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If you’ve been paying attention to technology news this past week you would have seen the alarms going up about Facebook and its flagship messenger service – WhatsApp.
This week, Facebook-owned WhatsApp started giving users a pop-up alert that looks a lot like an ultimatum for people who want to continue using the app. Essentially, it says that people need to agree to new terms of service by February 8 or risk losing access to your WhatsApp next month.
The revamped set of requirements is also a reversal on a one-time decision in 2016 that allowed users to opt out of having their account data turned over to Facebook. This includes phone numbers, friends’ phone numbers, profile names and pictures, status messages and activity status, as well as detailed diagnostic data from app logs. However, the new policy means Facebook reserves the right to share the data collected from its family of online platforms.
Furthermore, there will be cases where Facebook decides to share that data with third parties, which has privacy groups riled up again. This is particularly revealing for the Facebook family of apps, which happens to have the most extensive list of all.
It shouldn’t come as a big surprise that Facebook is so adamant in collecting all that metadata, as the company makes most of its revenue from advertising. And Facebook has surged ahead of Google in its collection and collating of personal private date about its users. Even without your name, Facebook can build a profile of each of its users, their friends, where they go, their interests, their illnesses, their jobs, even the food they eat. This is an astounding violation of privacy.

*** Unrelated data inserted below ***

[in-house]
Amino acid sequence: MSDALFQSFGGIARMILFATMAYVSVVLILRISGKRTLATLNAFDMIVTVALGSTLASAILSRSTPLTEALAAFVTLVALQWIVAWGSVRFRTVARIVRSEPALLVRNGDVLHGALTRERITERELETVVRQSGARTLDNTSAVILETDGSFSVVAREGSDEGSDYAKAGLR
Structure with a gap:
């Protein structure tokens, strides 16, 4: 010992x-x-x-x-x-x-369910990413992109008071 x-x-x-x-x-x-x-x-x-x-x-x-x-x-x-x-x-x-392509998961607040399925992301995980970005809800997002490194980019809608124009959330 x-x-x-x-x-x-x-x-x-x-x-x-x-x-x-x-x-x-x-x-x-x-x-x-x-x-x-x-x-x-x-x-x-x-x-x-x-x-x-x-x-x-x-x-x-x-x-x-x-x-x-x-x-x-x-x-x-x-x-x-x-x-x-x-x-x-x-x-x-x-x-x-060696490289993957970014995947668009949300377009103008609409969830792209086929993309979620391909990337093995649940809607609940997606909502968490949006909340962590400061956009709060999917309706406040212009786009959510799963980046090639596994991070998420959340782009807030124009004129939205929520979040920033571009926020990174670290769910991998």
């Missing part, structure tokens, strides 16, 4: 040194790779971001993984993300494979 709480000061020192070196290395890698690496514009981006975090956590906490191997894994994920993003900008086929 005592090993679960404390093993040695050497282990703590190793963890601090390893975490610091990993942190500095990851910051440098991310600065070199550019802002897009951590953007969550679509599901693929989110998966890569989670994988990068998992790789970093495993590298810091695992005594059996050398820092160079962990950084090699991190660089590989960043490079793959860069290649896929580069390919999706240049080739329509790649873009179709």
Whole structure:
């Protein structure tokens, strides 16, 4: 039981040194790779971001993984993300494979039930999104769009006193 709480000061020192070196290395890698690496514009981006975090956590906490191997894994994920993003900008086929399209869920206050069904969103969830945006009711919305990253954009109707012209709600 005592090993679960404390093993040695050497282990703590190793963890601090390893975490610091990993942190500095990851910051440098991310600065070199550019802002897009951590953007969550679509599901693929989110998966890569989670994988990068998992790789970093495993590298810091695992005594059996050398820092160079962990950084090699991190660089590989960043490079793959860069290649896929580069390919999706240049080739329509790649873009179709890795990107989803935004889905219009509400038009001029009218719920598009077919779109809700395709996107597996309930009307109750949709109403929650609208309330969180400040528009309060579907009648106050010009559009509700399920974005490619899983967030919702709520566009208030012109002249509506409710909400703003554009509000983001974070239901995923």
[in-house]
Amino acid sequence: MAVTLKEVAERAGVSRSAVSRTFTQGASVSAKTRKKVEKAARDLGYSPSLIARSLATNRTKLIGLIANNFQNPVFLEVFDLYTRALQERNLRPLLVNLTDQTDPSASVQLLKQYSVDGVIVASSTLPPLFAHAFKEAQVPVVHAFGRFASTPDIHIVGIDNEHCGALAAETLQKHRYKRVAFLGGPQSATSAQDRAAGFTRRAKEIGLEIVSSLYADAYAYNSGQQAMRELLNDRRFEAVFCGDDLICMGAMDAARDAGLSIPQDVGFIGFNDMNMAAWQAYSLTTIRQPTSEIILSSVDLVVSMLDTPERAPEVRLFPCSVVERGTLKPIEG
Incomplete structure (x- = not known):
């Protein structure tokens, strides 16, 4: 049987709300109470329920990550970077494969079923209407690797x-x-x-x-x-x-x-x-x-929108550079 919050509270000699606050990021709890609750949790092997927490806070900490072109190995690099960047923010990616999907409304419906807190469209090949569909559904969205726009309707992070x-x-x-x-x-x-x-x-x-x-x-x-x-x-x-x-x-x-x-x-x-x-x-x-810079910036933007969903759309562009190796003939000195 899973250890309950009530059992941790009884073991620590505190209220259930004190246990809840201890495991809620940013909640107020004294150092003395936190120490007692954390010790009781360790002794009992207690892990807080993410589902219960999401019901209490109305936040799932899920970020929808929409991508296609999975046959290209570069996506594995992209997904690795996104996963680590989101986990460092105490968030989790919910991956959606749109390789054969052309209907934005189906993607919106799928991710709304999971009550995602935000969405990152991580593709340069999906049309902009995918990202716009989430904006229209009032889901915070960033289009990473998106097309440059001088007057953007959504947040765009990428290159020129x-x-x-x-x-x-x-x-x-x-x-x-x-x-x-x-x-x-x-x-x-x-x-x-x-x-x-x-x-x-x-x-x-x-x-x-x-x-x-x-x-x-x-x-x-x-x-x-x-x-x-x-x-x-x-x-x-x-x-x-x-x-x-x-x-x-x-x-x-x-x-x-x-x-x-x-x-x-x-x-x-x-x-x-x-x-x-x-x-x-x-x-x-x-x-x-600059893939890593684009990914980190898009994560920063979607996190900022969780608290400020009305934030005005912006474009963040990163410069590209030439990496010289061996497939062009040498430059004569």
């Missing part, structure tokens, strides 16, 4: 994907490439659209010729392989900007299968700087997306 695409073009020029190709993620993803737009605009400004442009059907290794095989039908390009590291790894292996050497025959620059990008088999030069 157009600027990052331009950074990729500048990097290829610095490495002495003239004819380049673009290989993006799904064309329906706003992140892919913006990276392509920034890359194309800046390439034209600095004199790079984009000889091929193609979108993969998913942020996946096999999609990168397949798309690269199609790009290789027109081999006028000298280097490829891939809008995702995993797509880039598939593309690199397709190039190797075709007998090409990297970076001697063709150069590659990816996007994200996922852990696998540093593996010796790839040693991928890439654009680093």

So what does all of this mean? WhatsApp, owned by Facebook, will now be turning all your communication logs, contacts, recordings of voice texts and actual texts over to Facebook for profile building and monetization.
While WhatsApp has been useful for its encrypted texting, that shouldn’t change. Messages between users will still be secure. But those messages will now be available to Facebook for sales to its advertisers. Effectively, that means that the security aspect of WhatsApp will be disappearing, even though they may continue to hype the encryption benefit of its product.
So what to do? We recommend changing to either Signal or Telegram as your regular texting service. Both offer end-to-end encryption. While Telegram does develop logs of communication, Signal does not. In fact, Signal is the service used by Edward Snowden to evade NSA tracking and eavesdropping. That makes it good enough for me.
Best of all, Signal isn’t owned by one of the big tech brands and is run as a non-profit, relying on donations and grants to pay for the development, servers, and bandwidth costs. With Signal, you’re basically getting the best features that WhatsApp has to offer — end-to-end encryption and voice and video calling — without all the Facebook shadiness.
Telegram chats are encrypted, but you’ll only find end-to-end encryption for secret chats. The service recently picked up voice calls, but right there’s no way to make video calls on the platform. Telegram is still owned by founder and CEO Pavel Durov, and with the service rapidly growing, it is planning to charge monthly fees for “business teams and power users”
Between Signal and Telegram, you have two great alternatives that protect your privacy. This is as good a time as any to ditch the Facebook-owned WhatsApp and find greener pastures.
Be Safe – Backup Your Data Regularly!
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